Excellent schools: Harlem Village Academy Middle School

What makes a school outstanding? Academic rigor, long hours, community spirit, and mutual respect are just some of the guiding principals of this high-performing charter.

By Leslie Crawford

Community spirit

Operations Director Clesont Mitchell at Harlem Village Academy Middle School with three students.  Teachers often describes the school as a family; administration refers to students as “our brothers and sisters.” 

Eigth grade math teacher

Teacher love

Eighth grade match teacher fools around with two students. “We love our teachers,” is one of the basic credos of Harlem Village Academy Middle School. The administration gets “thousands” of applications each year for teaching positions. 

Putting in the hours

School days go from 7:45 to 4:45 (except on Fridays, which end at 2:00), and that’s not including after-school (elective) courses and tutoring, along with Saturday remedial classes, two hours of nightly homework, and homework packets to complete during extended vacations.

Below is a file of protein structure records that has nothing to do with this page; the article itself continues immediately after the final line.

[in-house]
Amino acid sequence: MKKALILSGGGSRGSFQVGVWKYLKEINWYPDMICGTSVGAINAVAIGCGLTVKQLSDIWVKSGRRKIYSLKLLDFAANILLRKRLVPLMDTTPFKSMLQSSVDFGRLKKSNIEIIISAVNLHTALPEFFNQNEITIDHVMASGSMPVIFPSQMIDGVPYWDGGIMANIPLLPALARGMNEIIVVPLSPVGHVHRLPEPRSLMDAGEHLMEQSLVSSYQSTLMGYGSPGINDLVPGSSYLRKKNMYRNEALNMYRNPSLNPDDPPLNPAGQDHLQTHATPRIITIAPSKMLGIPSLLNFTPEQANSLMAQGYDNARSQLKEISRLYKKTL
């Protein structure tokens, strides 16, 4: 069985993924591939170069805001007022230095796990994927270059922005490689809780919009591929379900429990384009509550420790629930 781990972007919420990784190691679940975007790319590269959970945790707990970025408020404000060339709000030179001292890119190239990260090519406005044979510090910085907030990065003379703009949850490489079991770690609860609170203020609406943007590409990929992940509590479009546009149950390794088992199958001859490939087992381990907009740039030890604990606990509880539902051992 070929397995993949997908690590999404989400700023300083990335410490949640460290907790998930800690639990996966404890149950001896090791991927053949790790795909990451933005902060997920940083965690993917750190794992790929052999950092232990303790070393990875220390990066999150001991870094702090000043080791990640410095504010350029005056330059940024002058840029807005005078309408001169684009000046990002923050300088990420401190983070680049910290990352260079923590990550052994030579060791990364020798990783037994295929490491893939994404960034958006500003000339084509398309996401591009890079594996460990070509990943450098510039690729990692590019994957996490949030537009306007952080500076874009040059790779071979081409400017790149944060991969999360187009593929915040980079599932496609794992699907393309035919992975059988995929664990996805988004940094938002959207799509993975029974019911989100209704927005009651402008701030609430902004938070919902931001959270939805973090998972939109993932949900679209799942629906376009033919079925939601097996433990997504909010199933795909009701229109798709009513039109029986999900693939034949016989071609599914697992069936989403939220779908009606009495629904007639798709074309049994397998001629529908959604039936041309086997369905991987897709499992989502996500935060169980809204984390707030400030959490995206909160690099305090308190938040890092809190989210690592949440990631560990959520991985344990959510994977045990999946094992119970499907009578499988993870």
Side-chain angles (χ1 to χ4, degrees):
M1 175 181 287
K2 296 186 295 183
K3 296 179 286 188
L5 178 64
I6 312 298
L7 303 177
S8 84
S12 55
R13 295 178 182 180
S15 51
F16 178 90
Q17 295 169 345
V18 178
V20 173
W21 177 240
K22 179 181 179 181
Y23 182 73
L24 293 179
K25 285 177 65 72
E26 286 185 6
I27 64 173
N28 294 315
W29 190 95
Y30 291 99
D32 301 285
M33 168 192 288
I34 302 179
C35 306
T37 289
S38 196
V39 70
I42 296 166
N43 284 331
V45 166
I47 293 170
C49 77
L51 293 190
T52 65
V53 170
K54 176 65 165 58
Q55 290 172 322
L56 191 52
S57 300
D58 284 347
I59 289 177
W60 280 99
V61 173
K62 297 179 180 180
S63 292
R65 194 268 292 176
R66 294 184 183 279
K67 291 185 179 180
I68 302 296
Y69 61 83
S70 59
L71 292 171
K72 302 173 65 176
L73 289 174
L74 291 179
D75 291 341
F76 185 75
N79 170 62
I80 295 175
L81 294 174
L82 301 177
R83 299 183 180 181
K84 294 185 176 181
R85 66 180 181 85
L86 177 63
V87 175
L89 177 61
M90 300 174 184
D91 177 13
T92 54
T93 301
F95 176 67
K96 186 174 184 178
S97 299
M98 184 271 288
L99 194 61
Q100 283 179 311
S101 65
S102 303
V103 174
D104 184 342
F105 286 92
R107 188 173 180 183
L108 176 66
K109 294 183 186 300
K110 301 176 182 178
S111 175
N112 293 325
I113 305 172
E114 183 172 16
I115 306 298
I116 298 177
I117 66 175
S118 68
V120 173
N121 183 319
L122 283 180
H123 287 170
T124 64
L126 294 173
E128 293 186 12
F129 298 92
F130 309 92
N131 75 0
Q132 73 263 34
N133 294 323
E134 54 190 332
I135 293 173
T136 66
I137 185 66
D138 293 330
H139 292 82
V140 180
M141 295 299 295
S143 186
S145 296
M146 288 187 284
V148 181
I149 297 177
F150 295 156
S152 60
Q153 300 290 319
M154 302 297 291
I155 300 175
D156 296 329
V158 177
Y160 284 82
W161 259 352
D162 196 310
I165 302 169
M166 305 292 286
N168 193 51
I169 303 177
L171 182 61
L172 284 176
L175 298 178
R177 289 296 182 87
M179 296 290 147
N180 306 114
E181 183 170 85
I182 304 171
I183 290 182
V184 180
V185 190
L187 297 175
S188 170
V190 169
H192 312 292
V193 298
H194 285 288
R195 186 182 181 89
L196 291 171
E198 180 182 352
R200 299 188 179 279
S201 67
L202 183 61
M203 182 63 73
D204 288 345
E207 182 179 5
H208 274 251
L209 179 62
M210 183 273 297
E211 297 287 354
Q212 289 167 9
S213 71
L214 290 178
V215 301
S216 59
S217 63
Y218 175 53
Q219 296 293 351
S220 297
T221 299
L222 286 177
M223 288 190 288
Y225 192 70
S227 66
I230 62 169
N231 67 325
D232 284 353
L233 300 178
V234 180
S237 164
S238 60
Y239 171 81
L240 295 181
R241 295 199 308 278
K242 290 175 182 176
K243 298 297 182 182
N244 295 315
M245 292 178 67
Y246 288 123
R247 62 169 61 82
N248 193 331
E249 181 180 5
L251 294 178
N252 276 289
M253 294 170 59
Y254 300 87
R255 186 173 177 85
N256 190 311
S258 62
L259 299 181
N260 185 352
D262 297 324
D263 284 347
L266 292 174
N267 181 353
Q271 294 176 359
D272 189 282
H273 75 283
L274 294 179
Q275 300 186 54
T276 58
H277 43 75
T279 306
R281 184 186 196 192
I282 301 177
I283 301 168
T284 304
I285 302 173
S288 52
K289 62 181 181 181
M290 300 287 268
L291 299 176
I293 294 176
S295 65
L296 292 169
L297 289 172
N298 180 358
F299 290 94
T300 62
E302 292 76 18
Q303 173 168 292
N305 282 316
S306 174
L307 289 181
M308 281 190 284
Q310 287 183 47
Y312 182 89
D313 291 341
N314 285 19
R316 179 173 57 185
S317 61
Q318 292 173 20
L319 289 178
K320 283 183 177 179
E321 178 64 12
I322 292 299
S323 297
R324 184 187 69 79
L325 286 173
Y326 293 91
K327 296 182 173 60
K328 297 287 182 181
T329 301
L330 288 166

Full parental involvement

When a child wins a spot at Harlem Village Academy through the lottery, parents are asked to be active participants in their child’s education – including ensuring their child arrives at school well-rested, in full uniform, and keeping up with schoolwork.

A culture of confidence

To create what staff call a “culture of confidence,” motivating signs and slogans are posted throughout the school, and when kids take standardized tests, their teachers leave them hand-written notes of encouragement.

Expecting excellence

There's no slipping through the cracks and if students do – academically or behaviorally – they are called on it immediately. Infringements like coming to school without your uniform’s belt or arriving late to class earn you demerits, then detention.

Not just reading and writing

Extracurriculars are a must, including P.E. music, and art. After-school, kids are encouraged to pursue their "passions" with courses like yoga and sculpture or sports like soccer and flag football.

College bound

"We don't tell kids, 'You are going to college," says Operation Director Clesont Mitchell. "We tell them, 'You are graduating from college."

is a senior editor at GreatSchools.